China unveils details of state-firm reforms as growth sputters
By Kevin Yao and Lei Wang
BEIJING (Reuters) - China unveiled details on Sunday of how it would restructure its state-owned enterprises (SOEs), including partial privatization, as data pointed to a cooling in the world's second-largest economy.
The guidelines, jointly issued by the Communist Party's Central Committee and the State Council, China's cabinet, included plans to clean up and integrate some state firms, the official Xinhua news agency said. It did not elaborate.
Reform of underperforming state-owned enterprises is one of China's most pressing needs. But if not handled well, the restructuring could lead to hundreds of thousands of people being laid off and social instability.
Xinhua said the plans included introducing "mixed ownership" by bringing in private investment, and "decisive results" were expected by 2020.
The government will not force "mixed ownership", nor will it set a timetable, giving each firm the go-ahead only when conditions are mature, it said.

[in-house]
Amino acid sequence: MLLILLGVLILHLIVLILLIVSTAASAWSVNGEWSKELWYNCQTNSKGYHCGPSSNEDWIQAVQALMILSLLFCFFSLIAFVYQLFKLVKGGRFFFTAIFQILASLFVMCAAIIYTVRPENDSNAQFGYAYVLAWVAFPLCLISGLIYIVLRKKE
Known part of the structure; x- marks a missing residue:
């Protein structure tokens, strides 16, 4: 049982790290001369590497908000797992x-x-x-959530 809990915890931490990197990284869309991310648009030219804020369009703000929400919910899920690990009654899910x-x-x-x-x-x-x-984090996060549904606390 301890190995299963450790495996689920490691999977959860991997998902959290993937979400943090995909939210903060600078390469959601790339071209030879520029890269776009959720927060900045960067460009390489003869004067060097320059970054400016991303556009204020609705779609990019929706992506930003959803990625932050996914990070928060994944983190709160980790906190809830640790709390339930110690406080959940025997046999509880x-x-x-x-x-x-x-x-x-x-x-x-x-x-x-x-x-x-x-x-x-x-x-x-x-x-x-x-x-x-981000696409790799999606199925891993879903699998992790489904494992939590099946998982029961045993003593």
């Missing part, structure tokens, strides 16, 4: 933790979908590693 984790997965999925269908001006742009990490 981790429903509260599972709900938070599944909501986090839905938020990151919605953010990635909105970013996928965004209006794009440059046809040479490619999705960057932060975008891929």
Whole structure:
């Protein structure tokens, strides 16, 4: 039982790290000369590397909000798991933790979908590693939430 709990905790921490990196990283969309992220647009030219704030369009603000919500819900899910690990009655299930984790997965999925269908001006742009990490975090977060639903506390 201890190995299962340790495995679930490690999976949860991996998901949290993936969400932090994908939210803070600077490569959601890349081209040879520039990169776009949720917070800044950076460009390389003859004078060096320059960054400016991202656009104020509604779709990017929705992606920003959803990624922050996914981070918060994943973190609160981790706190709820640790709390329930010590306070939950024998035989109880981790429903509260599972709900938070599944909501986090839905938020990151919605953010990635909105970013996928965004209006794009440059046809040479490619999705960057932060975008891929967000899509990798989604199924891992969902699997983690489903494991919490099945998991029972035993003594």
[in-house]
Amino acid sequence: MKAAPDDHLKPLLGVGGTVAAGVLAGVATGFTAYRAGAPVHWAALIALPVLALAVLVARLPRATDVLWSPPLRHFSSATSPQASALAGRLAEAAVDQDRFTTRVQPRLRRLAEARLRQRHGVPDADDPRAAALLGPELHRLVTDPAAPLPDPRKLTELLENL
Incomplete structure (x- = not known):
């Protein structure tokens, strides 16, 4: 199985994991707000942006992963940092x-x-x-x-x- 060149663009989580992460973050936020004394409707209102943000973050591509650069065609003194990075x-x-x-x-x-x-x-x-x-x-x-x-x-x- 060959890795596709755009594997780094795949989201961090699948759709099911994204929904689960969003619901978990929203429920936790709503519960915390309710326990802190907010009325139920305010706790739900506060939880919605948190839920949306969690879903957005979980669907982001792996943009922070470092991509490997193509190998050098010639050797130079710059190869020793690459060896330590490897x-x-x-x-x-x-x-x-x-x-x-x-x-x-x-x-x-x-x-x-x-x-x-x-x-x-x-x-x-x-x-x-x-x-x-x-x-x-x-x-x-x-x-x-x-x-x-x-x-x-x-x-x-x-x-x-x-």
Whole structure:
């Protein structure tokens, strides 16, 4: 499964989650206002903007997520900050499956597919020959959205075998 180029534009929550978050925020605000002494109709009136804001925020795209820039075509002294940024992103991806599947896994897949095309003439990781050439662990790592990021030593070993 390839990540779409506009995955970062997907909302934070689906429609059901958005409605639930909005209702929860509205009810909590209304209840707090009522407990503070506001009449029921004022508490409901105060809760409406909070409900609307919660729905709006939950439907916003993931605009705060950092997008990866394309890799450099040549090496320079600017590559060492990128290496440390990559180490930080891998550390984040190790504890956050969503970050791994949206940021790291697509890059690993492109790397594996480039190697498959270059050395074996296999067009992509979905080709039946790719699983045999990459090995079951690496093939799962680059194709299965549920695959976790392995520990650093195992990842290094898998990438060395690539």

"This reform will be positive for improving the impetus of the economy and making growth more sustainable," said Xu Hongcai, director of the economic research department at the China Centre for International Economic Exchanges (CCIEE), a Beijing-based think-think.
Partial privatization, he added, would help establish "check-and-balance and incentive systems" at state firms.
China's government manages 111 companies centrally under the State-owned Assets Supervision and Administration Commission, or SASAC. Local governments own and manage around 25,000 state-owned companies and the sector employs nearly 7.5 million people. Continued...